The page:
If you have a problem, fix it. But train yourself not to worry, worry fixes nothing. - Ernest Hemingway

Wednesday, 12 April 2017

Dismantling democracy

It takes years or decades to create something, but just days, if not hours to dismantle it. It is true for buildings and bridges. And it is true for democracies.
Indian democracy has been built by people who led the freedom struggle, and while we are rightly unhappy with many aspects of how our country functions, the greatness of the Indian democracy becomes clear when we compare ourselves with the other countries that achieved freedom after the Second World War. Look at our neighbours: Pakistan, Bangladesh, Burma, Sri Lanka … every one of them has gone through tremendous civil strife and seen mass killings and instability from time to time. It is true for Nepal too, to a lesser extent. And of these countries, Pakistan and Burma aren’t democracies by any stretch of imagination. We would shudder to think of living in either of them. Comparatively, we have had a stable democracy, barring a two-year aberration during the hated Emergency regime of 1975-77.
Any government with commitment to liberal democracy should try to protect and strengthen the institutions of democracy. The much maligned UPA regime (2004-14) – despite the thieves and thugs in their ranks – did exactly that when they introduced the Right to Information Act or the RTI Act in 2005.
It offers every citizen the right to seek and obtain information on government activities. Naturally, the Act has been a deterrent against corruption. A politician or bureaucrat trying to bend rules for personal benefits stand to be exposed in the future, thanks to this Act.
Many people have tried to catch politicians and babus for their wrongdoings, but it hasn’t been easy. There have been 400 physical attacks against RTI activists and as many as 65 of them have been murdered in the last 11 years. Maharashtra tops the list with 19 murders. The latest victim too is from the state. Suhas Haldankar was the latest RTI activist to be killed on 9 April by hitting him repeatedly with concrete blocks.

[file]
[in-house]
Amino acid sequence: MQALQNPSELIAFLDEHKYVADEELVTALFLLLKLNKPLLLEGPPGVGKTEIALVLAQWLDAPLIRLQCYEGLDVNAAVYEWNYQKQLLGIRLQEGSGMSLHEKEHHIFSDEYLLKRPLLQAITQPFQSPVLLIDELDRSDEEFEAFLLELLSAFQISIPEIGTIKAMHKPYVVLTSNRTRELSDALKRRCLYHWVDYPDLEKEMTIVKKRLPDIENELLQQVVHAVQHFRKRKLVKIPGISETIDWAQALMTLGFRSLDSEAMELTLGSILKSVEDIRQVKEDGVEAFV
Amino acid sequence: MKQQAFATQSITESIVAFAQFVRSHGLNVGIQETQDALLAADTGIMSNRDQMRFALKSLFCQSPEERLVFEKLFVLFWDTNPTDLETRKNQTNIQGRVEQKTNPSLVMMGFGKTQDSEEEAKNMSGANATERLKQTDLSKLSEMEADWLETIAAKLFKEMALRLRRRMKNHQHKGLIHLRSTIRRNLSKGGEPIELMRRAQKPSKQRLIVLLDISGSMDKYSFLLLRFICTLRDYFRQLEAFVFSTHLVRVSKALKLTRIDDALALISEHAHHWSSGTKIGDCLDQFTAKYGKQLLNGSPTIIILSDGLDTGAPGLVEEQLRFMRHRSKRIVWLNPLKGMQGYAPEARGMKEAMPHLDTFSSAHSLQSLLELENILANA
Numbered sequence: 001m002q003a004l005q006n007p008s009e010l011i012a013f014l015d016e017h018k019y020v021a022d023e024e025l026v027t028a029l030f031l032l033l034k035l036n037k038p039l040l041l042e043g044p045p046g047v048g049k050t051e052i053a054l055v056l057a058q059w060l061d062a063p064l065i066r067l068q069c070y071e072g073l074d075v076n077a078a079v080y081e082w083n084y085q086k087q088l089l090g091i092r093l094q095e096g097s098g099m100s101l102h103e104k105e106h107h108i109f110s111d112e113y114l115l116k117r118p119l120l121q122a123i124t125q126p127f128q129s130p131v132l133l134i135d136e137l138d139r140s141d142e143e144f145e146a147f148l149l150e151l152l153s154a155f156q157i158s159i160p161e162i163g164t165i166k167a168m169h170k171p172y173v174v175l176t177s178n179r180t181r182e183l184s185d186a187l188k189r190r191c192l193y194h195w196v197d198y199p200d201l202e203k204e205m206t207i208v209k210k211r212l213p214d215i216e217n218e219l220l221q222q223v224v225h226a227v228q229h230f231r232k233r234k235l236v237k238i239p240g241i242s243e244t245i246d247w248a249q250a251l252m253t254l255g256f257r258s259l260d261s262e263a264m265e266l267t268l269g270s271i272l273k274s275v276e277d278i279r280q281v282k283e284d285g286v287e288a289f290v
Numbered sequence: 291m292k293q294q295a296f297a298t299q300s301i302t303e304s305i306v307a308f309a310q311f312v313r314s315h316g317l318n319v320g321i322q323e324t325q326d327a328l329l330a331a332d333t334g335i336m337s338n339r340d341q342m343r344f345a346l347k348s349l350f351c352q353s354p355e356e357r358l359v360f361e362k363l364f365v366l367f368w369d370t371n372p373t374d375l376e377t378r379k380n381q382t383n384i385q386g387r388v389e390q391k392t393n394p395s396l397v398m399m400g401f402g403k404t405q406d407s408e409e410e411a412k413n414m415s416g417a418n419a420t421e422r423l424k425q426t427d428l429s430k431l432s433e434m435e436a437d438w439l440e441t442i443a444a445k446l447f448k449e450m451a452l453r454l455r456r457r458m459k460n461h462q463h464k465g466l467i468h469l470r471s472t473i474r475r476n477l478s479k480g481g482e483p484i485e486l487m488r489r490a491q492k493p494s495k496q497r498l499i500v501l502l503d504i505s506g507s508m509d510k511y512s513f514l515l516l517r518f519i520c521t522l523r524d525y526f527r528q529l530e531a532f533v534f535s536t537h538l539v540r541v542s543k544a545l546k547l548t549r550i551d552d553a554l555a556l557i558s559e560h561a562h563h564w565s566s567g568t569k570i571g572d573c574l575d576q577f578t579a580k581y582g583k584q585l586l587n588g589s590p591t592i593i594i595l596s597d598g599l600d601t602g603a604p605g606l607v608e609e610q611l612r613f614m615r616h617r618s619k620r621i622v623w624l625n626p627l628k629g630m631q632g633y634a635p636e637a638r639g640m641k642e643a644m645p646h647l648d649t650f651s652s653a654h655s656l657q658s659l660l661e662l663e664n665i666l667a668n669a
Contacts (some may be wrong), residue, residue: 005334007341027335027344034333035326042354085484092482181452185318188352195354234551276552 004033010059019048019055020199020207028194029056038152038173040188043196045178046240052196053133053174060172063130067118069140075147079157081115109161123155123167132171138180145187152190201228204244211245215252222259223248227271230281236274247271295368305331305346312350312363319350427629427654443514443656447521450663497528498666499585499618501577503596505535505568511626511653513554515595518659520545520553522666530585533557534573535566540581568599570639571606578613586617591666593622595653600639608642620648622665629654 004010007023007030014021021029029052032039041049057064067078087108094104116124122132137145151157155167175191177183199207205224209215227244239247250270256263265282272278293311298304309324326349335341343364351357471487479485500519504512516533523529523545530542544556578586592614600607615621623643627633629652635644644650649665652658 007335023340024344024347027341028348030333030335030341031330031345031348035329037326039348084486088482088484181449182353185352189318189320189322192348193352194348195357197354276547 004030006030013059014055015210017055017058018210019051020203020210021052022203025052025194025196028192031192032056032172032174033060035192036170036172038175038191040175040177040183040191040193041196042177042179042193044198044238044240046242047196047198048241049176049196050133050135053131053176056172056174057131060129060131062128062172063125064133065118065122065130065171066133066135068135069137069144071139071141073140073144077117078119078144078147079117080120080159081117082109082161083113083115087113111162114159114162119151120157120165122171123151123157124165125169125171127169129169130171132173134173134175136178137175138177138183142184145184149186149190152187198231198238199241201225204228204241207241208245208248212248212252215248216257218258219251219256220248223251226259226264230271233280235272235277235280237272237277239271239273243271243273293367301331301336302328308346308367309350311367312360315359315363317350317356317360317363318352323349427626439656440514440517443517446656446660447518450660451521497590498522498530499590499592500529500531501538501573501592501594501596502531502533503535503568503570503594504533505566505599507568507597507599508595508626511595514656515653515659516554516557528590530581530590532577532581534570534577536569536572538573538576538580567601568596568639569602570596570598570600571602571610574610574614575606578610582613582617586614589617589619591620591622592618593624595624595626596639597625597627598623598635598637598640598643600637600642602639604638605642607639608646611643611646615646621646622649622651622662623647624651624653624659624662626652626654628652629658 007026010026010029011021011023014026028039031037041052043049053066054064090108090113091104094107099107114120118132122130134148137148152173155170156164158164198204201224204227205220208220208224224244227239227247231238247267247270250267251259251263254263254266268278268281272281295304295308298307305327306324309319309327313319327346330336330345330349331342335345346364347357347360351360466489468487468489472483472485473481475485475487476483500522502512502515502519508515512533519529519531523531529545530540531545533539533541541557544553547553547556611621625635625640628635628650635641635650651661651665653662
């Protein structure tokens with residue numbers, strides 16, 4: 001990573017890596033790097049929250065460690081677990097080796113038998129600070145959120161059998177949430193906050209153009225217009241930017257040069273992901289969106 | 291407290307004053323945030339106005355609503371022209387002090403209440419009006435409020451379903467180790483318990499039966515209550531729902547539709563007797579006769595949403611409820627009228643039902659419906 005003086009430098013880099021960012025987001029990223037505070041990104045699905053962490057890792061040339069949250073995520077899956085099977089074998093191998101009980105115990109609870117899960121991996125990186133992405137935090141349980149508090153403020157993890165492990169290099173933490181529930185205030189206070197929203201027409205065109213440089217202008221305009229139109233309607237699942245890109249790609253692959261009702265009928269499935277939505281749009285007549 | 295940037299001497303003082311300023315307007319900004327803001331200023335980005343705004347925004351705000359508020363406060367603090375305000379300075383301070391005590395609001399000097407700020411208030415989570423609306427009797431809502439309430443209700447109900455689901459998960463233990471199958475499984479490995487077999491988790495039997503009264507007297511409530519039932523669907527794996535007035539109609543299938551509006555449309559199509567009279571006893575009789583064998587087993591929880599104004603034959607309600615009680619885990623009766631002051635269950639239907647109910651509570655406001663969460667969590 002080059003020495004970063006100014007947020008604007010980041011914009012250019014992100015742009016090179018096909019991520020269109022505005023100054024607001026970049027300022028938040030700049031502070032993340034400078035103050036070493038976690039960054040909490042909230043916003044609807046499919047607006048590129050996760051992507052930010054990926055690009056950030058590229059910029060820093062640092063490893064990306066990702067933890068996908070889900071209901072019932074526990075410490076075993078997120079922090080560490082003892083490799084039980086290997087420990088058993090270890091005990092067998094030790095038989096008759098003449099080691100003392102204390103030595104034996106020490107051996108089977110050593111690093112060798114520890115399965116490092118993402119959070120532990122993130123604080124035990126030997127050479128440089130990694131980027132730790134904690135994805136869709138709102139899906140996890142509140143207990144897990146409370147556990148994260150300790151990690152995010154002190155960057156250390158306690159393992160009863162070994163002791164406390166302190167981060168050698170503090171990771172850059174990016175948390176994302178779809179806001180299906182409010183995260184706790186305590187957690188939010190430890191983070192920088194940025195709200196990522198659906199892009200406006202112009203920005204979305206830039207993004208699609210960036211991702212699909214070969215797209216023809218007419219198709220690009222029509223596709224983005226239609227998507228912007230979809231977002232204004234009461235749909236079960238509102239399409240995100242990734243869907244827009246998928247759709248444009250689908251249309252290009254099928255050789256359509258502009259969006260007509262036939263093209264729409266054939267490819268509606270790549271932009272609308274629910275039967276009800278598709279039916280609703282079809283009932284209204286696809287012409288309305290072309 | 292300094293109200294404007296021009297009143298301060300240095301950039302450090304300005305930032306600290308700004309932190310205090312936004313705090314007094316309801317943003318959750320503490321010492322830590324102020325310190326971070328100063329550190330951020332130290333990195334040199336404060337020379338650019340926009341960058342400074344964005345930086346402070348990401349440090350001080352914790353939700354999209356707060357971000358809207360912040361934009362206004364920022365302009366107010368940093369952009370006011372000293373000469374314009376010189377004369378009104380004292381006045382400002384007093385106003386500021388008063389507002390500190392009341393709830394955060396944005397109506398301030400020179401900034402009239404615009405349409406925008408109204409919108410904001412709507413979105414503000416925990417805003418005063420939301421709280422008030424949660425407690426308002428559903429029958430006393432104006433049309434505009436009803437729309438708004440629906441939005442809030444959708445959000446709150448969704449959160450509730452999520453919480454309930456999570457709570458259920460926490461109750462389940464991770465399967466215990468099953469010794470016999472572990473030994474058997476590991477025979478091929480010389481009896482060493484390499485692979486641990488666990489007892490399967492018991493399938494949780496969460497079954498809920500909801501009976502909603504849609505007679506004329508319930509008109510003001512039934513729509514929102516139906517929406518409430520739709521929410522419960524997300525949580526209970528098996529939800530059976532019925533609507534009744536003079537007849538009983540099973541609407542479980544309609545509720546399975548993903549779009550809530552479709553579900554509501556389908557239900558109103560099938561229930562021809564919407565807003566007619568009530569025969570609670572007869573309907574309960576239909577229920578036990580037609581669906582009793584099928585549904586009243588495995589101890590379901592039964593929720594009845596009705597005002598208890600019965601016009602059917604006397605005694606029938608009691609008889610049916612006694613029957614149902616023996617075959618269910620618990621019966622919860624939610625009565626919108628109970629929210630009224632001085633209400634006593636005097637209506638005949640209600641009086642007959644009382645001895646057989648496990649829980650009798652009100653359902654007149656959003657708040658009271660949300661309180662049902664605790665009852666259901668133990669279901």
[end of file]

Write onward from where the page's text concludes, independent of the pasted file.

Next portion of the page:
A protest against Suhas Haldankar’s killing in Kharalwadi area of Pune. (Express Photo by Rajesh Stephan)
It is essential that laws are strengthened to protect people like Suhas Haldankar. However, Narendra Modi led BJP government is doing exactly the opposite. Let me explain.
The government is trying to modify Rule 12 of the Act to “permit the Central Information Commission to allow appeals to abate on the death of the appellant or for their withdrawal.” The Commonwealth Human Rights Initiative (CHRI), a human rights group, demands that the Rule 12, instead of being diluted, “must be dropped without any delay.”
To put it simply, the changes that the government is trying to introduce is this: If an RTI activist is killed, people who might be affected by the information the former was trying to discover, may appeal to close the chapter.
Therefore, if the change happens, a corrupt politician or bureaucrat will have a strong incentive to murder the activist who is trying to unearth the former’s wrongdoings.
How wonderful of the government! While a civilized system should demand that whistle-blowers (people who are trying to fight corruption) be given protection, our present government is doing exactly the opposite.
“This is the way the world ends
This is the way the world ends
This is the way the world ends
Not with a bang but a whimper.”
My heart goes out to the family and friends of this young man who gave his life for us. But the bigger question is: How many of us realise that the Indian Democracy is being dismantled bit by bit by the present ruling dispensation?
You can read the entire story here. But let me warn you: In my opinion, it is a rather badly written article. In fact, that is the reason I tried to make rewrite it and make it shorter.

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